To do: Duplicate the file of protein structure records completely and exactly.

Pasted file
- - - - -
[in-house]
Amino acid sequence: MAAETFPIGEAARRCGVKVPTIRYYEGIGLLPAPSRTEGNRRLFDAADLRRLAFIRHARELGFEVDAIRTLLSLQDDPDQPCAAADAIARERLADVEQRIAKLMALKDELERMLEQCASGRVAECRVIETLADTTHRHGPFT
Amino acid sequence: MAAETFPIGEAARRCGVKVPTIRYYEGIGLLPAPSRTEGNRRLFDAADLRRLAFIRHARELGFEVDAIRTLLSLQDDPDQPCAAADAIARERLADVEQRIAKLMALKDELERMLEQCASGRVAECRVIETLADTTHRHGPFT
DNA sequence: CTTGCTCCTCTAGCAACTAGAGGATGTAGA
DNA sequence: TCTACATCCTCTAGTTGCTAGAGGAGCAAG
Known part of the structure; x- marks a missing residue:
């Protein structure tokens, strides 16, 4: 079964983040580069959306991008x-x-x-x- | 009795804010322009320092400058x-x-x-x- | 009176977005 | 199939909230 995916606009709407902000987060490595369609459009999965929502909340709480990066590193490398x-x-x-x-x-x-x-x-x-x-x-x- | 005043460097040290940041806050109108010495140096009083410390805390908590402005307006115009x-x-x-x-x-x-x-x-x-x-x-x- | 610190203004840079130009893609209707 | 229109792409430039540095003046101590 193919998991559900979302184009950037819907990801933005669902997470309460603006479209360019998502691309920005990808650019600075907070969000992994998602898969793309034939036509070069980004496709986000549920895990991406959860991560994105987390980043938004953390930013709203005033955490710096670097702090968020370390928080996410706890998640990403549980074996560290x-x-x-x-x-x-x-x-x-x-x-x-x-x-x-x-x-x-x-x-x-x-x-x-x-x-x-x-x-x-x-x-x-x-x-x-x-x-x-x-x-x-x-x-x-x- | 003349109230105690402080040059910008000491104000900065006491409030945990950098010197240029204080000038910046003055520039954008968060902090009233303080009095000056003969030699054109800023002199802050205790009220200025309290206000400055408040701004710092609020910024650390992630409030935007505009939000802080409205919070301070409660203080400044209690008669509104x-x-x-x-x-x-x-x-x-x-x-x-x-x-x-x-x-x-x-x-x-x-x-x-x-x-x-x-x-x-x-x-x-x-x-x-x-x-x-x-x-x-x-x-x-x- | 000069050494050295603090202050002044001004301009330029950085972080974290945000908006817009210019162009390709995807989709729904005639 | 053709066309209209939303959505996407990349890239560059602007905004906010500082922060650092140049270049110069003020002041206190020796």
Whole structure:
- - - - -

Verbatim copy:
[in-house]
Amino acid sequence: MAAETFPIGEAARRCGVKVPTIRYYEGIGLLPAPSRTEGNRRLFDAADLRRLAFIRHARELGFEVDAIRTLLSLQDDPDQPCAAADAIARERLADVEQRIAKLMALKDELERMLEQCASGRVAECRVIETLADTTHRHGPFT
Amino acid sequence: MAAETFPIGEAARRCGVKVPTIRYYEGIGLLPAPSRTEGNRRLFDAADLRRLAFIRHARELGFEVDAIRTLLSLQDDPDQPCAAADAIARERLADVEQRIAKLMALKDELERMLEQCASGRVAECRVIETLADTTHRHGPFT
DNA sequence: CTTGCTCCTCTAGCAACTAGAGGATGTAGA
DNA sequence: TCTACATCCTCTAGTTGCTAGAGGAGCAAG
Known part of the structure; x- marks a missing residue:
């Protein structure tokens, strides 16, 4: 079964983040580069959306991008x-x-x-x- | 009795804010322009320092400058x-x-x-x- | 009176977005 | 199939909230 995916606009709407902000987060490595369609459009999965929502909340709480990066590193490398x-x-x-x-x-x-x-x-x-x-x-x- | 005043460097040290940041806050109108010495140096009083410390805390908590402005307006115009x-x-x-x-x-x-x-x-x-x-x-x- | 610190203004840079130009893609209707 | 229109792409430039540095003046101590 193919998991559900979302184009950037819907990801933005669902997470309460603006479209360019998502691309920005990808650019600075907070969000992994998602898969793309034939036509070069980004496709986000549920895990991406959860991560994105987390980043938004953390930013709203005033955490710096670097702090968020370390928080996410706890998640990403549980074996560290x-x-x-x-x-x-x-x-x-x-x-x-x-x-x-x-x-x-x-x-x-x-x-x-x-x-x-x-x-x-x-x-x-x-x-x-x-x-x-x-x-x-x-x-x-x- | 003349109230105690402080040059910008000491104000900065006491409030945990950098010197240029204080000038910046003055520039954008968060902090009233303080009095000056003969030699054109800023002199802050205790009220200025309290206000400055408040701004710092609020910024650390992630409030935007505009939000802080409205919070301070409660203080400044209690008669509104x-x-x-x-x-x-x-x-x-x-x-x-x-x-x-x-x-x-x-x-x-x-x-x-x-x-x-x-x-x-x-x-x-x-x-x-x-x-x-x-x-x-x-x-x-x- | 000069050494050295603090202050002044001004301009330029950085972080974290945000908006817009210019162009390709995807989709729904005639 | 053709066309209209939303959505996407990349890239560059602007905004906010500082922060650092140049270049110069003020002041206190020796």
Whole structure: